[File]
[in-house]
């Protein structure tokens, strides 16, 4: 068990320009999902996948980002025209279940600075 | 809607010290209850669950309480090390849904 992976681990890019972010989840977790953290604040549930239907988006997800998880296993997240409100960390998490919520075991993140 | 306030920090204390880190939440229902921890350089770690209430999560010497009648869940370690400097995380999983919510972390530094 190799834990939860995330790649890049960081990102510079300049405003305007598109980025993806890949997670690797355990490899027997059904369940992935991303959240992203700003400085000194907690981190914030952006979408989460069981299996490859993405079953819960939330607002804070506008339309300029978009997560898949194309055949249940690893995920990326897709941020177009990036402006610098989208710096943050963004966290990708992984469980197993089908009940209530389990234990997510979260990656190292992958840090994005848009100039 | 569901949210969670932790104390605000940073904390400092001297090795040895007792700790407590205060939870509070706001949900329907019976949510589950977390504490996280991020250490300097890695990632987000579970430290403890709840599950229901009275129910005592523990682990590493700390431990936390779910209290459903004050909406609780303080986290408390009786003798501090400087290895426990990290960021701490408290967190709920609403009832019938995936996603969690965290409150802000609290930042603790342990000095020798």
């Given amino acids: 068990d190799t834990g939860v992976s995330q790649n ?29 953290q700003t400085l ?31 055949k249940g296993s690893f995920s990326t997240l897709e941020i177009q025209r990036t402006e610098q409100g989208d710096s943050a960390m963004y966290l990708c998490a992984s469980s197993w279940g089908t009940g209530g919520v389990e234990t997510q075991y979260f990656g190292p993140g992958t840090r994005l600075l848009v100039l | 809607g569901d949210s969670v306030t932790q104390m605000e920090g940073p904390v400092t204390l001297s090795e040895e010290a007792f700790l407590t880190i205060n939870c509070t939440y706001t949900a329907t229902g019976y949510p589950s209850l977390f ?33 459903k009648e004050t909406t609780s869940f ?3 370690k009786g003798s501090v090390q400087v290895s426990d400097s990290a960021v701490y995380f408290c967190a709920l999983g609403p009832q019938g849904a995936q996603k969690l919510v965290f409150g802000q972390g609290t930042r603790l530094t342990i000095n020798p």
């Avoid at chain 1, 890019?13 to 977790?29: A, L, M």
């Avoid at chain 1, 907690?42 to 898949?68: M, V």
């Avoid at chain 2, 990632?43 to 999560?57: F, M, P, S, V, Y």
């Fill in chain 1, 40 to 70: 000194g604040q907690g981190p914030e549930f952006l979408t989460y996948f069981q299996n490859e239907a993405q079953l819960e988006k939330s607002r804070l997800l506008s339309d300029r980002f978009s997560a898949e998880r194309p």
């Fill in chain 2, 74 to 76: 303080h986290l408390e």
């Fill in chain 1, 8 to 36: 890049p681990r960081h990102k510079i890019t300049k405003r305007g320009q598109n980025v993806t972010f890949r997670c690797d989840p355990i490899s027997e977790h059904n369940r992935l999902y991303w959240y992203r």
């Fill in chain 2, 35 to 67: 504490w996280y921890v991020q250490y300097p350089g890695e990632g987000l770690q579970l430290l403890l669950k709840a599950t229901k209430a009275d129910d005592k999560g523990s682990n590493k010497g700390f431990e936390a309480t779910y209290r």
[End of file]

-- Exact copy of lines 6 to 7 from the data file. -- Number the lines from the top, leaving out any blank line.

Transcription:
């Avoid at chain 2, 990632?43 to 999560?57: F, M, P, S, V, Y």
């Fill in chain 1, 40 to 70: 000194g604040q907690g981190p914030e549930f952006l979408t989460y996948f069981q299996n490859e239907a993405q079953l819960e988006k939330s607002r804070l997800l506008s339309d300029r980002f978009s997560a898949e998880r194309p």